— Birmingham News

“An enthralling work of fiction, one that captures the details of a family reign and a time period long gone.”
— Pittsburgh Post-Gazette

“The portrait that emerges is sympathetic but realistic...Absorbing.”
— Columbus Dispatch

“ABUNDANCE is intelligent, beautifully written, and uncomfortably relevant, and Naslund makes her heroine convincing and even sympathetic.”
— Boston Globe

“Intimate experiences and thoughts run beautifully rampant through the pages...[a] smart delicious lesson in history.”
— Fort Worth Star-Telegram

“Naslund uses her words as if they were a camera to record life in late 18th century France.”
— Sunday Denver Post

“Scrupulously researched and vividly presented . . . it’s an irresistible story and Naslund handles its big moments with impressive assurance.”
— Kirkus Reviews (starred review)

“An absorbing, detailed read.”
— Buffalo News

“Readers of serious historical fiction will revel in it.”
— Booklist (starred review)

“Lush with description and deep with historical detail...Marvelous.”
— Library Journal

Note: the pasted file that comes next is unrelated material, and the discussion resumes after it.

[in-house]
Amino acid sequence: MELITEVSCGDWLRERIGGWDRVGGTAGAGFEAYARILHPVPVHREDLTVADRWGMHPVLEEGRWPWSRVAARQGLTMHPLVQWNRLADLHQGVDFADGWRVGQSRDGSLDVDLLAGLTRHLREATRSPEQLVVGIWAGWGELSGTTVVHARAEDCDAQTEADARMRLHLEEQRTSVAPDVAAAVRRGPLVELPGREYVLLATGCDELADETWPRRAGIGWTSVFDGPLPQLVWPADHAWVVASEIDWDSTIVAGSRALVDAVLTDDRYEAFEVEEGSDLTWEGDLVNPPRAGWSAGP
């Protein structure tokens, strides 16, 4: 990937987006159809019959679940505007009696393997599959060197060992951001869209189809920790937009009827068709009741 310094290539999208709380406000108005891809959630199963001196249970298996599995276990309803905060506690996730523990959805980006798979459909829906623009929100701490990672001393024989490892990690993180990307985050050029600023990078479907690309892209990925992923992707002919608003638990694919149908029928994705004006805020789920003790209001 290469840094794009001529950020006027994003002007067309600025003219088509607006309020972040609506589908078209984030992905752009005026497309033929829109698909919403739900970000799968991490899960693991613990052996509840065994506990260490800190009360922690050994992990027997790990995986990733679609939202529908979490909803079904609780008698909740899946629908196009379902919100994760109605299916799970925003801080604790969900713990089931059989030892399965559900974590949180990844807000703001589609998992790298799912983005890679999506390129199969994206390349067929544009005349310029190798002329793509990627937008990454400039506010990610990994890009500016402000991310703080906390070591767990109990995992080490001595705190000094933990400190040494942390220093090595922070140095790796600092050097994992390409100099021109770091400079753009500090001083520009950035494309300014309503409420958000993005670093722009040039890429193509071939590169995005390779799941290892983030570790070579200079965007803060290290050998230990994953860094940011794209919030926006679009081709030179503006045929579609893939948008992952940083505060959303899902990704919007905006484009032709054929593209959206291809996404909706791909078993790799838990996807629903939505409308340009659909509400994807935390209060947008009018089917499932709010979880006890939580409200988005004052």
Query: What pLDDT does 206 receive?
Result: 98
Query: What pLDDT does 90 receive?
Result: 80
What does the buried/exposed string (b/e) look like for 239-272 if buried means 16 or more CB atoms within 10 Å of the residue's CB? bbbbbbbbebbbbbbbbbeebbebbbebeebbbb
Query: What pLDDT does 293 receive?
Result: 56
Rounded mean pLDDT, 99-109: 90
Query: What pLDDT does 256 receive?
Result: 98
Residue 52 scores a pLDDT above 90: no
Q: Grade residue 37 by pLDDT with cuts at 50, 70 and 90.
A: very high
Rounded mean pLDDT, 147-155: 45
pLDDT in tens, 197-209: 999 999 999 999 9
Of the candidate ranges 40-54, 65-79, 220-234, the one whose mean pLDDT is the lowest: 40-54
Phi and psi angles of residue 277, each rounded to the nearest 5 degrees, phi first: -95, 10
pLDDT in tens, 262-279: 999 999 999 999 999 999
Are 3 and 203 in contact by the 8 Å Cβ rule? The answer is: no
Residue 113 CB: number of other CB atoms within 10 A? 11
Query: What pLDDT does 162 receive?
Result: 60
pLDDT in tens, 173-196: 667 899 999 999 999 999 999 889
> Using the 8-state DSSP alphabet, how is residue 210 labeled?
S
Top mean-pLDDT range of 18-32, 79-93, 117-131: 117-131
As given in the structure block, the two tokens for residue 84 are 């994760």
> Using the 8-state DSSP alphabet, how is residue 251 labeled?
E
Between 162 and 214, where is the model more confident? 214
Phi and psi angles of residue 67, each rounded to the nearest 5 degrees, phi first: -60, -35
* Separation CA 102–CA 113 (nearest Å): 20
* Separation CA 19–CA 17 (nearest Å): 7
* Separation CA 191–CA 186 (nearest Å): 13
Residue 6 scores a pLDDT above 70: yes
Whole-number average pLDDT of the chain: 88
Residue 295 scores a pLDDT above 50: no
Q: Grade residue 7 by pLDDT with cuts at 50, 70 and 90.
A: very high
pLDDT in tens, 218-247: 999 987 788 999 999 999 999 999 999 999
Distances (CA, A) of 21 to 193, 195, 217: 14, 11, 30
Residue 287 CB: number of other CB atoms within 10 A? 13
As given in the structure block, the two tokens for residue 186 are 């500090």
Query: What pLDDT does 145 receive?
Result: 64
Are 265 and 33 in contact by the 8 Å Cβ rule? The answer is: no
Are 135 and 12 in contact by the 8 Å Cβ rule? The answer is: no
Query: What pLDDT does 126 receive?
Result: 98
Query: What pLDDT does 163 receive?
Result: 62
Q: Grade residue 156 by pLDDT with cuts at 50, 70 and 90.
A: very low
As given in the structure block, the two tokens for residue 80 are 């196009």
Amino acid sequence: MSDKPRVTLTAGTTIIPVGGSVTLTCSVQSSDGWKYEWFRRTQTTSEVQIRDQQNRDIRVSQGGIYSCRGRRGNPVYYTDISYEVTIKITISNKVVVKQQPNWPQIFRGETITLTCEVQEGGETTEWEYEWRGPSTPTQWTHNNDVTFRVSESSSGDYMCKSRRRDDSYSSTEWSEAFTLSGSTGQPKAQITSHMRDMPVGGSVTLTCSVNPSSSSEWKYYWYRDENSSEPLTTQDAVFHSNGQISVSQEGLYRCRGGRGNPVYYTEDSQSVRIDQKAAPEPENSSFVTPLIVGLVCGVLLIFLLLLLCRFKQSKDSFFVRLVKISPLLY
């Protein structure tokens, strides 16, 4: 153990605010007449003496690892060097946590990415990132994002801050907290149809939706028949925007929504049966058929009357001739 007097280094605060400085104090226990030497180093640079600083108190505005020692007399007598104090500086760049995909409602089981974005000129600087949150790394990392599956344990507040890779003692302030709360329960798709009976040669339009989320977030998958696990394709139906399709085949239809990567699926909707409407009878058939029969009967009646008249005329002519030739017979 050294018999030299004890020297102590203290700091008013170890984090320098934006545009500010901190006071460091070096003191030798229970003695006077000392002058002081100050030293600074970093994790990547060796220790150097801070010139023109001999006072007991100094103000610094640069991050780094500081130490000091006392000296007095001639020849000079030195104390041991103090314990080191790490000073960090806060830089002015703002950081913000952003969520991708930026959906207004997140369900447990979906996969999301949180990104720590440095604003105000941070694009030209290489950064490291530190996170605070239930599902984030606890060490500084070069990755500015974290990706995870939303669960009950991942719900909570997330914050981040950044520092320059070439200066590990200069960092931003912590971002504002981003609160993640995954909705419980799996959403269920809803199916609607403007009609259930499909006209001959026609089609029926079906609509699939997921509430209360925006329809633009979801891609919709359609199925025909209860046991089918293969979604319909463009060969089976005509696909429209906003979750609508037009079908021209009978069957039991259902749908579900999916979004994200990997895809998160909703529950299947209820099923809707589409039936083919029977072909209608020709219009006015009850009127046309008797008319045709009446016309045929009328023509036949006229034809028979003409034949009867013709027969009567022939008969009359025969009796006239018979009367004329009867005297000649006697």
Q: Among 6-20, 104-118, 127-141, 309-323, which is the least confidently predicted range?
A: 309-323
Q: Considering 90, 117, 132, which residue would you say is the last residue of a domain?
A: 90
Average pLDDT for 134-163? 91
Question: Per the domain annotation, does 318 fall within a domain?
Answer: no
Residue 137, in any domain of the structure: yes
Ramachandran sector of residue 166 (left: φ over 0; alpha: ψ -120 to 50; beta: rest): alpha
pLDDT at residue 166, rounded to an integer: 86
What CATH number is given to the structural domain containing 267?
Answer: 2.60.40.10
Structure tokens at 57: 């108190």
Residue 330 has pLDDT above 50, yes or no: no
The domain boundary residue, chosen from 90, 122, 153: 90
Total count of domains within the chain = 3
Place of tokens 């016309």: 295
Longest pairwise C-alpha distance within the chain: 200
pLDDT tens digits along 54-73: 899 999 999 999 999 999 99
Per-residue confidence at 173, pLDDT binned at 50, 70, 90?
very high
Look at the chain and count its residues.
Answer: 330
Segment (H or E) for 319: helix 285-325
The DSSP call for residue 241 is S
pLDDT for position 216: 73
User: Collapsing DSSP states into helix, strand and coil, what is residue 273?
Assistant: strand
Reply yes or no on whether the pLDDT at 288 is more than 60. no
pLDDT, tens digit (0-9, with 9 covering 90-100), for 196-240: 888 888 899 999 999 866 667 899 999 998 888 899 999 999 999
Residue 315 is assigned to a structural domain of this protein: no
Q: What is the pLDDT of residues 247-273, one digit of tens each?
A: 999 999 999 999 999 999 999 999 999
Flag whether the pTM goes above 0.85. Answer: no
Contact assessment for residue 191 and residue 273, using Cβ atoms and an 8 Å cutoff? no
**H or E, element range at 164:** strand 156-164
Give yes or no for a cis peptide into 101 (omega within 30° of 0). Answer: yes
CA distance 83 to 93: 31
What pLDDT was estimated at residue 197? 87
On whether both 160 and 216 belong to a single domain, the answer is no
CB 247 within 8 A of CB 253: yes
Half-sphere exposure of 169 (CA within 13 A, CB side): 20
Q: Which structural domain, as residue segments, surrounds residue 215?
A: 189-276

Conversation Starters from ReadingGroupChoices.com

  1. Sena Jeter Naslund has divided her novel into five "acts," like a Shakespearean play. Does Marie Antoinette achieve the stature of a tragic protagonist at the end of the novel?
  2. Recount the dramatic evolution of Marie Antoinette's character, from her arrival in France at the age of 14 to her death just shy of 38. What prompts Marie Antoinette's transformation from callow moralist and pliant dauphine in early chapters to empathetic mother and brave stoic in the novel's culmination at the Conciergerie?
  3. From her arrival at Versailles as a girl, Marie Antoinette exists in a perpetual state of enclosure. Discuss Naslund's extended treatment of this idea. Is Marie Antoinette's life in France tantamount to that of the proverbial bird in the gilded cage?